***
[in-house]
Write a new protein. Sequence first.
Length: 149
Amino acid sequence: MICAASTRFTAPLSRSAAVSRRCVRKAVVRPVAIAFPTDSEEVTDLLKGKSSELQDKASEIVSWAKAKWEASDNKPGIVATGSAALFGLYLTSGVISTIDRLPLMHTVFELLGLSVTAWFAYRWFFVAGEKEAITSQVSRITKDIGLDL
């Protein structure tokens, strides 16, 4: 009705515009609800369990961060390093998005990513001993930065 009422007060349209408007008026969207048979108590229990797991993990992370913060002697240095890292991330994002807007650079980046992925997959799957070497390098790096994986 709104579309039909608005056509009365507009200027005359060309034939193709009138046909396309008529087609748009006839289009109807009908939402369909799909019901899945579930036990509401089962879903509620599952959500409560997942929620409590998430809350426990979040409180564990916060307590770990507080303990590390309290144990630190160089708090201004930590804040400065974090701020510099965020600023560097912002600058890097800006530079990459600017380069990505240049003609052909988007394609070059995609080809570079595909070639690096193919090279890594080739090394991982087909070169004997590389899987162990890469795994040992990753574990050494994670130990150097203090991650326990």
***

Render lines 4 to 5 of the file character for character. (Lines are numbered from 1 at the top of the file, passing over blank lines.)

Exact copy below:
Amino acid sequence: MICAASTRFTAPLSRSAAVSRRCVRKAVVRPVAIAFPTDSEEVTDLLKGKSSELQDKASEIVSWAKAKWEASDNKPGIVATGSAALFGLYLTSGVISTIDRLPLMHTVFELLGLSVTAWFAYRWFFVAGEKEAITSQVSRITKDIGLDL
């Protein structure tokens, strides 16, 4: 009705515009609800369990961060390093998005990513001993930065 009422007060349209408007008026969207048979108590229990797991993990992370913060002697240095890292991330994002807007650079980046992925997959799957070497390098790096994986 709104579309039909608005056509009365507009200027005359060309034939193709009138046909396309008529087609748009006839289009109807009908939402369909799909019901899945579930036990509401089962879903509620599952959500409560997942929620409590998430809350426990979040409180564990916060307590770990507080303990590390309290144990630190160089708090201004930590804040400065974090701020510099965020600023560097912002600058890097800006530079990459600017380069990505240049003609052909988007394609070059995609080809570079595909070639690096193919090279890594080739090394991982087909070169004997590389899987162990890469795994040992990753574990050494994670130990150097203090991650326990």